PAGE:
Groups Similar Look up By Text Browse About



Similar articles
Article Id Title Prob Score Similar Compare
222329 ARSTECHNICA 2021-12-14:
Hackers launch over 840,000 attacks through Log4J flaw
1.000 Find similar Compare side-by-side
222191 ZDNET 2021-12-14:
Log4j flaw: Nearly half of corporate networks have been targeted by attackers trying to use this vulnerability
0.984 0.568 Find similar Compare side-by-side
222448 ZDNET 2021-12-13:
Log4j update: Experts say log4shell exploits will persist for 'months if not years'
0.848 0.552 Find similar Compare side-by-side
222501 TECHREPUBLIC 2021-12-15:
Log4j: How to protect yourself from this security vulnerability
0.929 0.548 Find similar Compare side-by-side
222204 ZDNET 2021-12-13:
Log4j flaw: Attackers are making thousands of attempts to exploit this severe vulnerability
0.882 0.545 Find similar Compare side-by-side
222451 ZDNET 2021-12-14:
US warns Log4j flaw puts hundreds of millions of devices at risk
0.977 0.543 Find similar Compare side-by-side
222285 ZDNET 2021-12-15:
Log4j flaw: Now state-backed hackers are using bug as part of attacks, warns Microsoft
0.925 0.537 Find similar Compare side-by-side
222589 VENTUREBEAT 2021-12-16:
With Log4j vulnerability, the full impact has yet to come
0.295 0.533 Find similar Compare side-by-side
222854 ZDNET 2021-12-17:
CISA: Federal agencies must immediately mitigate Log4J vulnerabilities
0.518 Find similar Compare side-by-side
222849 ZDNET 2021-12-17:
Log4j: Conti ransomware attacking VMware servers and TellYouThePass ransomware hits China
0.515 Find similar Compare side-by-side
222346 ZDNET 2021-12-14:
Log4j flaw could be a problem for industrial networks 'for years to come'
0.894 0.513 Find similar Compare side-by-side
222322 ZDNET 2021-12-14:
Second Log4j vulnerability discovered, patch already released
0.860 0.512 Find similar Compare side-by-side
222384 TECHREPUBLIC 2021-12-13:
Critical Log4Shell security flaw lets hackers compromise vulnerable servers
0.290 0.510 Find similar Compare side-by-side
222223 VENTUREBEAT 2021-12-13:
Log4j exploits suggest attackers gearing up for ransomware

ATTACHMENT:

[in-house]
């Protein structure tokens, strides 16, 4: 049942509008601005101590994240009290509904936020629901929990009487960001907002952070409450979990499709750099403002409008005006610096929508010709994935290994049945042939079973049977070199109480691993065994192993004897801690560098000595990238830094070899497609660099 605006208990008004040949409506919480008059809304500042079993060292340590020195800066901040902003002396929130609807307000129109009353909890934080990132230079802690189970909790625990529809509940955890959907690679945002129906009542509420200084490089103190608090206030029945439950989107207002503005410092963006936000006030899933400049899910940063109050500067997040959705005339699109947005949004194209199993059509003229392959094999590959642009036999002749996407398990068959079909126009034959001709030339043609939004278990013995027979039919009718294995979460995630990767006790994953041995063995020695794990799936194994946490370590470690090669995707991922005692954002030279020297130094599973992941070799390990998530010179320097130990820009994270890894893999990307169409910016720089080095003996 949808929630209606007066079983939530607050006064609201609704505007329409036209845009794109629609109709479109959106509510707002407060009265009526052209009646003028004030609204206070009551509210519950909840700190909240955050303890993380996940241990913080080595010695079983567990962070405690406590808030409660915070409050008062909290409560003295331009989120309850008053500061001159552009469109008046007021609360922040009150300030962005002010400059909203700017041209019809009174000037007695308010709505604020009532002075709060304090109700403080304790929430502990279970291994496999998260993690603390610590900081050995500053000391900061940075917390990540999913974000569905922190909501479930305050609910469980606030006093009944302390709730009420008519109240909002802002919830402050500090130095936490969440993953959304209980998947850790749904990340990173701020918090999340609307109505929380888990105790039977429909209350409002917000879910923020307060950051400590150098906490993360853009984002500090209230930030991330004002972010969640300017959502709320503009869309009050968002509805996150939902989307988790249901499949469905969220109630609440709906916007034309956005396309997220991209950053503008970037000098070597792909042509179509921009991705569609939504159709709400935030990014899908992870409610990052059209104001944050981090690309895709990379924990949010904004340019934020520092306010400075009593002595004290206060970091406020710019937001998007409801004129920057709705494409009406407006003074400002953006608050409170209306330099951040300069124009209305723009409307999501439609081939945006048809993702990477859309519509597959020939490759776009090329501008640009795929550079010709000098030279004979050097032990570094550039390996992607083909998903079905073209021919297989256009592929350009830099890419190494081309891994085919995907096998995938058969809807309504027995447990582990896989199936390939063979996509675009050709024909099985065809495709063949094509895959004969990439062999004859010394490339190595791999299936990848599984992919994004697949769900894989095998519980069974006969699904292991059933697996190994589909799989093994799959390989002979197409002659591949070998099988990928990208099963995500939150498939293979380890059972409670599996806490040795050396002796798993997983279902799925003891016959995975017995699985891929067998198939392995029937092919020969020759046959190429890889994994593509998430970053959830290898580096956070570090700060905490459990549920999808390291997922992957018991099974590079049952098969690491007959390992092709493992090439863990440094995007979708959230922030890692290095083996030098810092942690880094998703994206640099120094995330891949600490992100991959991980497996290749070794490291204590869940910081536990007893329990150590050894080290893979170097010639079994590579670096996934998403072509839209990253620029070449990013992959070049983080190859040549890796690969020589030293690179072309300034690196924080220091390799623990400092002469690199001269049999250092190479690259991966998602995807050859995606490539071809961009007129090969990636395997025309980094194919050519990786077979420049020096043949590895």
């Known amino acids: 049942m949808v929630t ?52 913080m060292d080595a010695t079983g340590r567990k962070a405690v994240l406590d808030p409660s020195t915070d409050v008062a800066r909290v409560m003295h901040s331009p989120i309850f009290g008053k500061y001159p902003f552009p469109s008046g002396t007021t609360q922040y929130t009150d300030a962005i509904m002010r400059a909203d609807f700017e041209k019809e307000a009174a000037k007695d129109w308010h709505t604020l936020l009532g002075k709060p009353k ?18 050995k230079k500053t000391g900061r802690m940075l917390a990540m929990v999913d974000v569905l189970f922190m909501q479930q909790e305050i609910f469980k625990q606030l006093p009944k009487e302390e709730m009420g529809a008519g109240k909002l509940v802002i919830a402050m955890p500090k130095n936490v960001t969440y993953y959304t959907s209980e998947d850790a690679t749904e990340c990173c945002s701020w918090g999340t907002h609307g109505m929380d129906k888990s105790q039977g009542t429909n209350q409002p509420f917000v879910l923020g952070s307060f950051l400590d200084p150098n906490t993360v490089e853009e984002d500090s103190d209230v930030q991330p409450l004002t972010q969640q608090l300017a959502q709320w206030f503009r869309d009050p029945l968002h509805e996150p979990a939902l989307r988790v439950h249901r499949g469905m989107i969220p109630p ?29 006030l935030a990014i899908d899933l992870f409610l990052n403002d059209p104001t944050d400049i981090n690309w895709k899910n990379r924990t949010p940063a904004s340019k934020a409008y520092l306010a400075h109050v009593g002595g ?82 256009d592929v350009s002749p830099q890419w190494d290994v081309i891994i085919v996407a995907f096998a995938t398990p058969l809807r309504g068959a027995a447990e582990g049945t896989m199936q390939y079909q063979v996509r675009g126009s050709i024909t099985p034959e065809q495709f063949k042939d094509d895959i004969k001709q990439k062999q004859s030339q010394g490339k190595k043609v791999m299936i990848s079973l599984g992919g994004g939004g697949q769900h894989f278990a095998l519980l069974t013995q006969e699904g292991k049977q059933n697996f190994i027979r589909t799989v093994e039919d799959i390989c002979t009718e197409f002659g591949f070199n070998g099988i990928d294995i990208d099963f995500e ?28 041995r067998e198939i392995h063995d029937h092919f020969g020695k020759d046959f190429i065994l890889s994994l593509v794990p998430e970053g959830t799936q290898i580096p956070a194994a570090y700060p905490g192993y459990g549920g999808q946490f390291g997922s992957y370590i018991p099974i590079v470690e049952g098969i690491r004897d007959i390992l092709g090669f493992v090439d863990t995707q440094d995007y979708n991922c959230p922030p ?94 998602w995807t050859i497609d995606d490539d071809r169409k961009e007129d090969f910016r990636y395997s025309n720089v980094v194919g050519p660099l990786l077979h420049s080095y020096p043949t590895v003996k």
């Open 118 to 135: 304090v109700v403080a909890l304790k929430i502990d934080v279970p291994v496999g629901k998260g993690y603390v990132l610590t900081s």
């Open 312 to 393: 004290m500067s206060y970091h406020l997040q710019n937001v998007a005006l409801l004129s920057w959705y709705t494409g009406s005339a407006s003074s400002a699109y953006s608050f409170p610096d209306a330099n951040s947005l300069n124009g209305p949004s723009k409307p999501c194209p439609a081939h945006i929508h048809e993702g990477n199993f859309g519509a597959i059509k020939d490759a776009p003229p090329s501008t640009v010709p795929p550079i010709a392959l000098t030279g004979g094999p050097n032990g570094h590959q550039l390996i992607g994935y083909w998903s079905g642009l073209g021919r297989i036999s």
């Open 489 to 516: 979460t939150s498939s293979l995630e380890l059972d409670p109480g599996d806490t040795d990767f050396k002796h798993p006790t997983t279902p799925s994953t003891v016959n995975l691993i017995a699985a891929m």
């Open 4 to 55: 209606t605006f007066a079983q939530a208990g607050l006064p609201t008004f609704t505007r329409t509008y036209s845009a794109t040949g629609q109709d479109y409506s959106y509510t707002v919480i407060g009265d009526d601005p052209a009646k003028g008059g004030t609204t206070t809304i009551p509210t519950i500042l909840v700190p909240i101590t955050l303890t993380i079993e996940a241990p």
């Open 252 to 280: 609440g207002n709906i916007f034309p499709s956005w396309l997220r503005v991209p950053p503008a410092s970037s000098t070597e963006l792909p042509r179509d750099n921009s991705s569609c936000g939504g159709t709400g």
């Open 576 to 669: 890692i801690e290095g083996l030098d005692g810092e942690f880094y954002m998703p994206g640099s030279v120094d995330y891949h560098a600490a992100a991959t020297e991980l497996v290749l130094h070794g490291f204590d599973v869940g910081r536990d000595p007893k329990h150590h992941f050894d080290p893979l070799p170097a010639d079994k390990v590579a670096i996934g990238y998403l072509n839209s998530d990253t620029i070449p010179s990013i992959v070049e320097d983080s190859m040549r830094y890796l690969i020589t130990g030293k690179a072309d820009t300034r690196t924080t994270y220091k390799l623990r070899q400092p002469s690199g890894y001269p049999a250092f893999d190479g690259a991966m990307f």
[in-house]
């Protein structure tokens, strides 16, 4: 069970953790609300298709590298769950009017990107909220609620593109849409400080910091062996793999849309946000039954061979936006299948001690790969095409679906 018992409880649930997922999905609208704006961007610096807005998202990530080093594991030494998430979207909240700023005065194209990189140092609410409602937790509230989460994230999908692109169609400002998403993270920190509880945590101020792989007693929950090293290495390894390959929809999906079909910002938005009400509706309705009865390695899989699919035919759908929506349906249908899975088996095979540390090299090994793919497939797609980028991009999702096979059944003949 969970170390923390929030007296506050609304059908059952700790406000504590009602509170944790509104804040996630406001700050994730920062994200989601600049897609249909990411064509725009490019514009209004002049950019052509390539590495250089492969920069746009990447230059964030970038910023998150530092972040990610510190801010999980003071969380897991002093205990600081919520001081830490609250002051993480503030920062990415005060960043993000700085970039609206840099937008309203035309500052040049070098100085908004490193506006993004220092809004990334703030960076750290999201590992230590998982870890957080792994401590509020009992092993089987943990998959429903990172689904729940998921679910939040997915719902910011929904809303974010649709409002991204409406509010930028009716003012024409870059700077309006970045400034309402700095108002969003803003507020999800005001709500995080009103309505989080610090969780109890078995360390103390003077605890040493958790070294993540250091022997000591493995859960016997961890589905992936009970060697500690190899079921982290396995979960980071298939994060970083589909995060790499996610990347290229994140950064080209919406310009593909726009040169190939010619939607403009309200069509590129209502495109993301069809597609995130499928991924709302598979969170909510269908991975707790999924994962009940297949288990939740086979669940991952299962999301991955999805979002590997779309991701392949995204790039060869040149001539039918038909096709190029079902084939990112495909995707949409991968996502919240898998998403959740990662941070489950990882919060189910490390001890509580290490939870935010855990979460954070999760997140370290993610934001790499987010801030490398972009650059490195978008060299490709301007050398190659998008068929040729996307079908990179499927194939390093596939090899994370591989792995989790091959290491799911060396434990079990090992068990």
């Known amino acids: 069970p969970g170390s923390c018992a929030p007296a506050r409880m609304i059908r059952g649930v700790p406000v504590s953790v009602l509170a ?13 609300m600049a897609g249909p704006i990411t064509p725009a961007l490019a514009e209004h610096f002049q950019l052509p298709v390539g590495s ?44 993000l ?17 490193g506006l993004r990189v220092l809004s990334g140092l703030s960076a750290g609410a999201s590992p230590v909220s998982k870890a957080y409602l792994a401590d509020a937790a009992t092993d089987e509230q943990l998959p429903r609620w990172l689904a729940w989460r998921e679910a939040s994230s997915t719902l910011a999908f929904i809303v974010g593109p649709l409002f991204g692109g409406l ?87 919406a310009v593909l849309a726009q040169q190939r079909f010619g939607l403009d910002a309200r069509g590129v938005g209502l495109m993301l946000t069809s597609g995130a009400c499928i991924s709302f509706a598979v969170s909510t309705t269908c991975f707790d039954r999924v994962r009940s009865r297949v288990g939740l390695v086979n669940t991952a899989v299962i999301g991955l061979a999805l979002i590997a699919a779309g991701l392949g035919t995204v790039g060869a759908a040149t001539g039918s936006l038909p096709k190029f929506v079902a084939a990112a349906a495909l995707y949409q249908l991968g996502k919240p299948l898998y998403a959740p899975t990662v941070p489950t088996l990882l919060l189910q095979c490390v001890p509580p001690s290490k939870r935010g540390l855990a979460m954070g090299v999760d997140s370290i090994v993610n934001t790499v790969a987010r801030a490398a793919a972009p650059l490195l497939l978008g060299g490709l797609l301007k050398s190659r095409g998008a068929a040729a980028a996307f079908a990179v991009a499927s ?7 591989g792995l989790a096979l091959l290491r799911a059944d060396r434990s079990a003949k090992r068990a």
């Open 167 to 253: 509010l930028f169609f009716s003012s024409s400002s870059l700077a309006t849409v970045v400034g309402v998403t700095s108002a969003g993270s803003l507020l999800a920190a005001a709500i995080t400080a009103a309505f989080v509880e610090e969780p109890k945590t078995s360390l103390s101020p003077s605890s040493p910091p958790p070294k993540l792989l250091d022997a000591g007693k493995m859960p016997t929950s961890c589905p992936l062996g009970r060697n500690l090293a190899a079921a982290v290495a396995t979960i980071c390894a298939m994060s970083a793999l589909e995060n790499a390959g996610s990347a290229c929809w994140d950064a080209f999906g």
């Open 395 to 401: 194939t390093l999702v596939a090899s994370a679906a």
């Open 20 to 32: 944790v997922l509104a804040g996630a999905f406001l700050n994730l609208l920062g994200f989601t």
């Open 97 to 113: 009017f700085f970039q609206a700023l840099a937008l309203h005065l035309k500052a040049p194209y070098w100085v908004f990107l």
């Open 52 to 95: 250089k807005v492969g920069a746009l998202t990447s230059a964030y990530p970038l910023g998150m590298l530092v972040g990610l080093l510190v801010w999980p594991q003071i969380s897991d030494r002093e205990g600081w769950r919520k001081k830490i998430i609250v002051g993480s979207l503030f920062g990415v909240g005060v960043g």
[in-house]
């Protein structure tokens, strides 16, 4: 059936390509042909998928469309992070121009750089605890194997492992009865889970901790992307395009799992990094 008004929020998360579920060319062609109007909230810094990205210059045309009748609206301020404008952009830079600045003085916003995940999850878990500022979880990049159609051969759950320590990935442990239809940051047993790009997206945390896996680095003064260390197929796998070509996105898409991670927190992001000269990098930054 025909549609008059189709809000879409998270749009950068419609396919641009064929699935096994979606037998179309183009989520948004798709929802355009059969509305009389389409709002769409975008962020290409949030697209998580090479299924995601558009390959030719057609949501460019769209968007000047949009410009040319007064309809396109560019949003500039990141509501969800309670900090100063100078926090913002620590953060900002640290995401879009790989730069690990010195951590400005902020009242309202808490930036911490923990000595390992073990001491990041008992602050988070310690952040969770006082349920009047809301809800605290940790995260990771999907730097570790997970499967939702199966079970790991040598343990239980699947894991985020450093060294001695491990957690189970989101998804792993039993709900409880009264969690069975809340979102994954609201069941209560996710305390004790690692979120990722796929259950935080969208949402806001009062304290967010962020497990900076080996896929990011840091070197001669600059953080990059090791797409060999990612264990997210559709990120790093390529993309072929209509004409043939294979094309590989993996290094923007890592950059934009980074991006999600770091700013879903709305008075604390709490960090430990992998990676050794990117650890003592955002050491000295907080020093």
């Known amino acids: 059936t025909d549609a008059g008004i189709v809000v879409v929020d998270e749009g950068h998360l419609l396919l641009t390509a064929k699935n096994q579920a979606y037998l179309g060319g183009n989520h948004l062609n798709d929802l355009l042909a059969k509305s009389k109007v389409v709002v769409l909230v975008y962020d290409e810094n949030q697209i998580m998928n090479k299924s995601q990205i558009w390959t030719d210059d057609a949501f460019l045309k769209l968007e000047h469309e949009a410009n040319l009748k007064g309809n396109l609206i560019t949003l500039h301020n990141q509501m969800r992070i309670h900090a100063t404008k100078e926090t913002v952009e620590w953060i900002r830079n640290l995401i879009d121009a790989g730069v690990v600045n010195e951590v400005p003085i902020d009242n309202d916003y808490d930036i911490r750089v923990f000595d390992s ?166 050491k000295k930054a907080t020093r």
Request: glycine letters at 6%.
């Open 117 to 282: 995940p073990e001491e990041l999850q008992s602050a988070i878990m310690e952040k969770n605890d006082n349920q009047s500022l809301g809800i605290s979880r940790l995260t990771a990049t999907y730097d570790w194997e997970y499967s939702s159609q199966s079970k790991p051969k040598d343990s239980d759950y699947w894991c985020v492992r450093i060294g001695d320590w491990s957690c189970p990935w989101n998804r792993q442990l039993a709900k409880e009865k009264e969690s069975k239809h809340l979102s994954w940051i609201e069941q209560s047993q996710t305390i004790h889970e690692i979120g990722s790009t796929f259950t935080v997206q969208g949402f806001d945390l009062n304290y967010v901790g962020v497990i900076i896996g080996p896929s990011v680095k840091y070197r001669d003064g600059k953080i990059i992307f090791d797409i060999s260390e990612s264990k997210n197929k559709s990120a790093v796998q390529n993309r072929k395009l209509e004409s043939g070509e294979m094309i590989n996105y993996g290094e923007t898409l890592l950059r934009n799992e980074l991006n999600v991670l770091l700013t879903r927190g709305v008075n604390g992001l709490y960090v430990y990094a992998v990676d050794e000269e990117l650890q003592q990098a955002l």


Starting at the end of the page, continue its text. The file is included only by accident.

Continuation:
0.811 0.508 Find similar Compare side-by-side
222652 ZDNET 2021-12-15:
Cybersecurity experts debate concern over potential Log4j worm
0.558 0.500 Find similar Compare side-by-side
222477 ZDNET 2021-12-16:
Log4j flaw: This new threat is going to affect cybersecurity for a long time
0.343 0.500 Find similar Compare side-by-side
222469 ZDNET 2021-12-14:
CISA orders federal civilian agencies to patch Log4j vulnerability and 12 others by December 24
0.779 0.491 Find similar Compare side-by-side
222347 ZDNET 2021-12-14:
Log4j zero-day flaw: What you need to know and how to protect yourself
0.931 0.491 Find similar Compare side-by-side
222327 VENTUREBEAT 2021-12-14:
Log4j exploits attempted on 44% of corporate networks; ransomware payloads spotted
0.918 0.484 Find similar Compare side-by-side
222415 VENTUREBEAT 2021-12-15:
Microsoft: Ransomware ‘access brokers’ now exploiting Log4j vulnerability
0.481 Find similar Compare side-by-side
222370 VENTUREBEAT 2021-12-10:
The Log4j vulnerability is bad. Here’s the good news
0.477 Find similar Compare side-by-side
222515 VENTUREBEAT 2021-12-15:
Microsoft confirms new ransomware family deployed via Log4j vulnerability
0.474 Find similar Compare side-by-side
222392 VENTUREBEAT 2021-12-12:
Microsoft: Log4j exploits extend past crypto mining to outright theft
0.552 0.474 Find similar Compare side-by-side
222466 ZDNET 2021-12-14:
Khonsari ransomware, Nemesis Kitten are exploiting Log4j vulnerability